Chelsea 2, Everton 0
Was this the coming of age for Kai Havertz at Chelsea? The 21-year-old forced an own goal and won a penalty as they moved back into the Champions League places. But even more than that the forward finally looked the part; he looked like what he was when he signed last summer – one of the most coveted players in European football.
Once again there was a touch of alchemy from Thomas Tuchel – albeit a £62million signing and an expensively assembled squad can hardly be described as base metal – as he tinkered with his line-up, deployed Havertz as a ‘false nine’ and defeated Everton, one of the main challengers for a top four spot. Chelsea have momentum and are only four points off second place.
For Tuchel, it is 11 matches without defeat, eight wins and a fifth home game without conceding – a new Premier League record for a new manager – and by any measure he has made a hugely impressive, transformative start to life at Stamford Bridge. Chelsea have let in just two goals in those matches with Andreas Christensen another young player who has been revitalised.
Havertz was far more positive, far more confident and far more clever as he knitted play, dropped deep and moved up top and provided an elusive, fluid threat throughout as – crucially – he linked well with Timo Werner.
Havertz’s involvement in both goals was key and he had another effort ruled out for handball in what was his first start since Tuchel’s first game in charge. Where previously he has looked lightweight and lost, here he was the main man and thrived on the responsibility. In fact, Chelsea actually look like they are having fun and thriving on Tuchel’s rotation and tactical changes as they hunt down those ahead of them but it was Havertz who stole the show.
“I’m very happy with his performance, no doubt about his quality his talent and also not about his character,” said Tuchel.
“He needs to adapt to the Premier League, he needs to be at a club where you play to win every game, where the highest standards are normal. That’s a normal process also for him to adapt to this mentality.
“He showed up between the lines and used his potential to accelerate our game and to increase the touches in the box – and to be responsible for assists and through-balls, and also to take the responsibility to finish himself. And from here on we go.”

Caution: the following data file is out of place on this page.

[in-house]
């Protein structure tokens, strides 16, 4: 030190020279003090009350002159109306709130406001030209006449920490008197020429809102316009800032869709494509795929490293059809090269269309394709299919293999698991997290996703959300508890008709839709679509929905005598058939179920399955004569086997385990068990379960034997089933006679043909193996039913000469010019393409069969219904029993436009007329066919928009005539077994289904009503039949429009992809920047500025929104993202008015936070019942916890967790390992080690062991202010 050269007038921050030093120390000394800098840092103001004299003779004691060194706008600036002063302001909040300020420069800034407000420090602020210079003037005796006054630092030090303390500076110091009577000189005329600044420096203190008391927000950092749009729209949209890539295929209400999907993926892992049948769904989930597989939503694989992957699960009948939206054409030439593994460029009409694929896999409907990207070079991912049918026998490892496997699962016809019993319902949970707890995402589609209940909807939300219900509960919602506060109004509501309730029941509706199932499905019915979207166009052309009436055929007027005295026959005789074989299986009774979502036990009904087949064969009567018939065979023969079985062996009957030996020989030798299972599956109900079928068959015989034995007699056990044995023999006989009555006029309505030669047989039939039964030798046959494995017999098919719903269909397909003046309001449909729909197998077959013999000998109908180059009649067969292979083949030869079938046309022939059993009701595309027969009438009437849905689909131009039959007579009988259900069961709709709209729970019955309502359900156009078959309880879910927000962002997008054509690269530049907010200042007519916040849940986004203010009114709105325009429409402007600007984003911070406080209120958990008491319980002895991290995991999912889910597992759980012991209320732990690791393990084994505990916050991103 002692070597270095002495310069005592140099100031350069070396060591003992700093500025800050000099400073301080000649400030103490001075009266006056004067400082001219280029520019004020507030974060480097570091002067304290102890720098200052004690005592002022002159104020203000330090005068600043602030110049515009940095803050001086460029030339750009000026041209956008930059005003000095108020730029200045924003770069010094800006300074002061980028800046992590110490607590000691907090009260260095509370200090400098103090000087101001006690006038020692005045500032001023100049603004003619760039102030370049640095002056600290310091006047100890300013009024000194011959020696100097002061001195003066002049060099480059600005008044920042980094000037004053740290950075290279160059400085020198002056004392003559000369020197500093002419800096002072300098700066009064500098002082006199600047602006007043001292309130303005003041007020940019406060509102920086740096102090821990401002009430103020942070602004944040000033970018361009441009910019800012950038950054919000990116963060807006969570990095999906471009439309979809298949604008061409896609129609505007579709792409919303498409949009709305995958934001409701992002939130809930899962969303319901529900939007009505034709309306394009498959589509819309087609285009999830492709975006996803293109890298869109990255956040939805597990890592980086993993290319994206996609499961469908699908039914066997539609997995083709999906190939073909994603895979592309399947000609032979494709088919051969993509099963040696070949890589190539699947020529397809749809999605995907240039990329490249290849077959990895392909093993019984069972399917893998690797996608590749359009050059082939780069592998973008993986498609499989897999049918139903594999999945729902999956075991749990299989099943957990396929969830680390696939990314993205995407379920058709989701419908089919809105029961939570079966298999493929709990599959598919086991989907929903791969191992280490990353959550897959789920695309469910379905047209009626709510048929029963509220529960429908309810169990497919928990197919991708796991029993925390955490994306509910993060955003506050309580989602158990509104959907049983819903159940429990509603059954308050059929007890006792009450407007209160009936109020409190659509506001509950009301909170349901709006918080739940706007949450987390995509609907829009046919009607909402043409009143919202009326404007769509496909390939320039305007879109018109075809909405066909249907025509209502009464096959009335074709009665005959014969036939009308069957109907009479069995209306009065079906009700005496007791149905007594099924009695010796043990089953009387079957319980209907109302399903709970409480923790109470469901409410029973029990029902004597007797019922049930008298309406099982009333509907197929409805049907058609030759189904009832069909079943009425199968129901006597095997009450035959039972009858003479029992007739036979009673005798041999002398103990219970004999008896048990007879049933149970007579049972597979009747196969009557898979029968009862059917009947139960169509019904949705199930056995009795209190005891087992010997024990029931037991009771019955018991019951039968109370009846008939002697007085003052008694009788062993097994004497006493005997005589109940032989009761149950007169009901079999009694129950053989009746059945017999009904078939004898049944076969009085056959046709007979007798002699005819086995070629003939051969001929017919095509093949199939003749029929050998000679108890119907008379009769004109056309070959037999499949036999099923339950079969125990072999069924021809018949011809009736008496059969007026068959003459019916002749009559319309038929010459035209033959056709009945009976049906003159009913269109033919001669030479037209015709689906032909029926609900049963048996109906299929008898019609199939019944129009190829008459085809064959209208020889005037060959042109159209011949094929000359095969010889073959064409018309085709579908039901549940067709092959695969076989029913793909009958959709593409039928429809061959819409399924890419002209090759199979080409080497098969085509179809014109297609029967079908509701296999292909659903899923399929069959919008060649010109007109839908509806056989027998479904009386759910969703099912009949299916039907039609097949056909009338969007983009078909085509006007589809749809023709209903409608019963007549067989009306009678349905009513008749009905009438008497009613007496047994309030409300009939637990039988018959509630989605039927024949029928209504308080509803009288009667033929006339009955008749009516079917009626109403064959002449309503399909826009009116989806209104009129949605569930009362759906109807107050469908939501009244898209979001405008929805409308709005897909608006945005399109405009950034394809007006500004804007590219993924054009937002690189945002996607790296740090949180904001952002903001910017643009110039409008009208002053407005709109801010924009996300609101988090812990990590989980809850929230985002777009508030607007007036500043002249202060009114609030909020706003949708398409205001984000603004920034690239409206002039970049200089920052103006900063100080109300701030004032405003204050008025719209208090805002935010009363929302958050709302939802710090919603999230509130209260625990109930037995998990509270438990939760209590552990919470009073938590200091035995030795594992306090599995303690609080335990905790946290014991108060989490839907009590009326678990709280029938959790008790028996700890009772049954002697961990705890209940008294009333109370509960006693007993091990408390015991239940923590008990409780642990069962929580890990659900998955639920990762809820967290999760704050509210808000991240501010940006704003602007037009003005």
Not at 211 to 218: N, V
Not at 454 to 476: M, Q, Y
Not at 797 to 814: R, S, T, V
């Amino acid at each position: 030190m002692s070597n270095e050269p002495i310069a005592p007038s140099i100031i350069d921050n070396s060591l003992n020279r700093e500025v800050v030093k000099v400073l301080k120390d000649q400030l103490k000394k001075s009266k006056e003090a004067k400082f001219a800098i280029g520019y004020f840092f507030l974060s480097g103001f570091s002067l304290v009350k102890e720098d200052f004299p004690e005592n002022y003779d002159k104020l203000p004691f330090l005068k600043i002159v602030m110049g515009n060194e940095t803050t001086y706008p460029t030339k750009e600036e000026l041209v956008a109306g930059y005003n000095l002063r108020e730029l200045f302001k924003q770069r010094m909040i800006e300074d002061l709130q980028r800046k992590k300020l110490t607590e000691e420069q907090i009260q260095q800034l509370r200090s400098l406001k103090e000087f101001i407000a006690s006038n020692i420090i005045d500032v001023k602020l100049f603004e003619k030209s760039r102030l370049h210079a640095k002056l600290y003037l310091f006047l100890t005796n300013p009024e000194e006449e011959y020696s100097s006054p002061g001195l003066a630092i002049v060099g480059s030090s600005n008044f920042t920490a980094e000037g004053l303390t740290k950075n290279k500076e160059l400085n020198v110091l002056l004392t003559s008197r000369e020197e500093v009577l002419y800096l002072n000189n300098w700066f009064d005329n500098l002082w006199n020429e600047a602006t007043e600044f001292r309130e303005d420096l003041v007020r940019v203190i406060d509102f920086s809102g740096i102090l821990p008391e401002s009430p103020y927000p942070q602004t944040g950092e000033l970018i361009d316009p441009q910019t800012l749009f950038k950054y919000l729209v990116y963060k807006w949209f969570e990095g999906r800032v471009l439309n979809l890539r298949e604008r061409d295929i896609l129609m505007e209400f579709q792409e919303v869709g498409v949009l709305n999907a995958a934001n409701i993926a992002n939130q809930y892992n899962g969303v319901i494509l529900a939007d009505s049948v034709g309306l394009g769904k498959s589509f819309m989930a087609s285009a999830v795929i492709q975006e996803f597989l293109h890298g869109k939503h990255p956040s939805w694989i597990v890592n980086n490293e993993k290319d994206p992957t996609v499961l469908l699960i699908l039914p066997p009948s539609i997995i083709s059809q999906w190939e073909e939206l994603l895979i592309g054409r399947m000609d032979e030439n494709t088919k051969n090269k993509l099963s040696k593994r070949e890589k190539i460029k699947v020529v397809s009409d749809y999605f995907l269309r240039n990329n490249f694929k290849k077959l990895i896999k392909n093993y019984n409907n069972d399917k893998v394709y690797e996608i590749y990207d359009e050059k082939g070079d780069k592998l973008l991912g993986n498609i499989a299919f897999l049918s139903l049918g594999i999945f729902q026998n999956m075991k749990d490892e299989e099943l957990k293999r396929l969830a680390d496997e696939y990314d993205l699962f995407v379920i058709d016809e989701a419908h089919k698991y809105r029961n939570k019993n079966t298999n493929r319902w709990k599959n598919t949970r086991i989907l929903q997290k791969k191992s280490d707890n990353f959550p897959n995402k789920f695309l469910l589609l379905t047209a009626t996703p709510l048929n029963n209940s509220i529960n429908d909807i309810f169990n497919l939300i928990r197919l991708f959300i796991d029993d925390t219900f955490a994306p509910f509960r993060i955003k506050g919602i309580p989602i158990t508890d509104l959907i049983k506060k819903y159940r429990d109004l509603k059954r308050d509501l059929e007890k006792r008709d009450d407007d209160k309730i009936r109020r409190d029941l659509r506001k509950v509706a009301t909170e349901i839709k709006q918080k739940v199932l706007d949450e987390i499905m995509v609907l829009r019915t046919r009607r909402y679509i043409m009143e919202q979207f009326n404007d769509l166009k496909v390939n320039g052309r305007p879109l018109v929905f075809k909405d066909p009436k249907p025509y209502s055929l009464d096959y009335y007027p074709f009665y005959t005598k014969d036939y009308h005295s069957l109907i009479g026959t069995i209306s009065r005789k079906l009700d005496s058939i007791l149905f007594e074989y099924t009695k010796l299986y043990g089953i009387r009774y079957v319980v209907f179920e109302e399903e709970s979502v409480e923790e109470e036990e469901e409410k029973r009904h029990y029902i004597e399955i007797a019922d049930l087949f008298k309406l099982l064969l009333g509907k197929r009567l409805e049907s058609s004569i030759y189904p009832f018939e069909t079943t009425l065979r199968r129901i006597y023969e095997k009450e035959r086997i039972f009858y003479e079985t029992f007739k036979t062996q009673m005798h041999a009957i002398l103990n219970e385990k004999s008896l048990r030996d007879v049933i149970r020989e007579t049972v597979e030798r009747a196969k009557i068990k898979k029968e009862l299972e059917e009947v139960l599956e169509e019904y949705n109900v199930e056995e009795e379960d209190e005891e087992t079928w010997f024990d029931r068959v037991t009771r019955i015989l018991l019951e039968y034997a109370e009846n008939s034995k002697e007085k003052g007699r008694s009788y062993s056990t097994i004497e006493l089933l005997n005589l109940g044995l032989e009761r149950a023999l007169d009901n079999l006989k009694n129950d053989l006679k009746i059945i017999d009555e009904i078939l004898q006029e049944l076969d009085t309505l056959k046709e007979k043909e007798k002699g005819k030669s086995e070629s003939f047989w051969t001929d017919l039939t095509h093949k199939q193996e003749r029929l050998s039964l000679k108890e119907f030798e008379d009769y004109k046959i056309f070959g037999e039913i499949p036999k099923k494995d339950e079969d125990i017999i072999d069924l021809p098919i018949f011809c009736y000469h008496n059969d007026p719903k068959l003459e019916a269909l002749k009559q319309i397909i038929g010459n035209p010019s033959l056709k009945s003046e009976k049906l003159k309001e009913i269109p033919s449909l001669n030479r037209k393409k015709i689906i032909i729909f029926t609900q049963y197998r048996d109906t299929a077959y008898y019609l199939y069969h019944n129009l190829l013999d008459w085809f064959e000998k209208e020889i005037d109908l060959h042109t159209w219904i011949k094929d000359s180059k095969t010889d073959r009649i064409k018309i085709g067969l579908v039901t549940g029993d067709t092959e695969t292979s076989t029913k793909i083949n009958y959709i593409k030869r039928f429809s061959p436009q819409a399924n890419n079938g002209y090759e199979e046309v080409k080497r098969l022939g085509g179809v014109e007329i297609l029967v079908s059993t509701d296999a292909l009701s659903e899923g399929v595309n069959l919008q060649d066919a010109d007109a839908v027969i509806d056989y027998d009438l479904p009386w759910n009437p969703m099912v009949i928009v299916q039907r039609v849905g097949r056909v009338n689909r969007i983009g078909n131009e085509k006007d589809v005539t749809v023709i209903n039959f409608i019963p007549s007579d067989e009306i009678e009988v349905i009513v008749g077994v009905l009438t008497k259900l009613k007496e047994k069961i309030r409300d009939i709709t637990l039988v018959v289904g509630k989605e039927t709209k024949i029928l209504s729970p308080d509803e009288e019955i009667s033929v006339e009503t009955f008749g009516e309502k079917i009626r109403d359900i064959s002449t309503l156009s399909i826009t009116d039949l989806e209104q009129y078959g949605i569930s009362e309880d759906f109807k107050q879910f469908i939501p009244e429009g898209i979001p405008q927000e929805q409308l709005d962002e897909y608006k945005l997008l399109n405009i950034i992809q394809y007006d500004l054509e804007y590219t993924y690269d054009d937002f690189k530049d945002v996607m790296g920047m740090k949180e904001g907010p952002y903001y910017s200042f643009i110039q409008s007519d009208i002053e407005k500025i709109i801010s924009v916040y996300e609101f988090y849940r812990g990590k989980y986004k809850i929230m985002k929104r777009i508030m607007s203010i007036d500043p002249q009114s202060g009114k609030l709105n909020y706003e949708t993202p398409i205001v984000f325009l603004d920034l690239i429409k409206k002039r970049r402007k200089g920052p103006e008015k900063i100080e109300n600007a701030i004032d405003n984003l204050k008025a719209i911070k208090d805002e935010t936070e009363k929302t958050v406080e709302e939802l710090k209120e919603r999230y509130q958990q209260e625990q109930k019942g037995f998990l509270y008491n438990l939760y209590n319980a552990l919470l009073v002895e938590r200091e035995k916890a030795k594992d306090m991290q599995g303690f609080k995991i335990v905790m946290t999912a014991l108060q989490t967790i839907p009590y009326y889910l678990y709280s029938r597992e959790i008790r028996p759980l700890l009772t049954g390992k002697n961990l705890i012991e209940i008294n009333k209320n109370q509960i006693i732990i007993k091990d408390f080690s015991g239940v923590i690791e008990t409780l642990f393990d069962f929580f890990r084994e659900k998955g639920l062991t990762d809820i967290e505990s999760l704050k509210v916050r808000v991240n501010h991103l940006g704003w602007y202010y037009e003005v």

For Everton, this was a blow. “Don’t give up,” shouted manager Carlo Ancelotti after the second goal was conceded but the result was sealed. They lacked ambition and were punished and even if their squad looks thin as they came to try and limit Chelsea rather than make a statement of their own ambitions. They paid the price.
Before conceding Everton had defended resolutely with, at times, five-at-the-back and Allan set as a midfield shield but Callum Hudson-Odoi twisted and turned and Alex Iwobi switched off to allow Marcos Alonso to escape. Hudson-Odoi found him with a smart in-field pass and Havertz made a darting run to meet Alonso’s low cross.
The German international opened up his body, the connection was good – but the ball was going across goal and probably wide before it took a heavy deflection off Ben Godfrey’s thigh to wrong-foot Jordan Pickford and find the net. It would have been only Havertz’s second league goal since his £62million move from Bayer Leverkusen but, even so, he had made a vital contribution.
Tuchel had tinkered. He changed up his attack with Werner out on the left and, again, with Tammy Abraham not in the squad – his absence and Havertz’s performance has to be a concern for the England striker – while the headline news was a place on the bench for Mason Mount before he replaced Hudson-Odoi. But then look at that substitutes list and compare it to that of Everton who only had three senior players. It told a tale in the vast difference in resources as Tuchel could afford to bring on Mount, N’Golo Kante and Christian Pulisic.
Nevertheless, he is nothing if not bold and despite the changes Chelsea took control with an astonishing 87pc possession after just 15 minutes. That was partly through design by Everton as they dropped off as, for a while, Dominic Calvert-Lewin was reduced to chasing his own headers. The irony for Ancelotti is that his team fell behind once they started to move forward. Even so Christensen, who looks a different defender, had to react quickly to sweep up after the ball broke to Richarlison who looked like he would have a run at goal.
Alonso was afforded just that after he was picked out by Christensen with a raking ball forward only for Pickford to react quickly to push away the wing-back’s low shot.
Once again Havertz thought he had scored when he brought down Hudson-Odoi’s chip before finishing but the effort was ruled out for hand-ball after a long VAR check. Instead it should have been Everton equalising with Godfrey intercepting, Gylfi Sigurdsson exchanging passes with substitute Tom Davies only for Richarlison to wastefully slice his shot wide.
As the game began to open up Pickford was sent scrambling to cover a low shot and then tipped over another effort by Hudson-Odoi before Cesar Azpilicueta picked out Havertz’s intelligent, purposeful run across Godfrey and with the Everton goalkeeper hurtling out the ball was pushed past him. Inevitably Pickford caught Havertz. The challenge was unnecessary, Pickford was at fault and the penalty was given with Jorginho calmly converting from the spot.
Everton should have fallen further behind with Pickford excelling to twice deny Werner as well as Kante and Mount. “Don’t give up,” was the shout again from the Everton bench. They did not but neither did they really give it a go.
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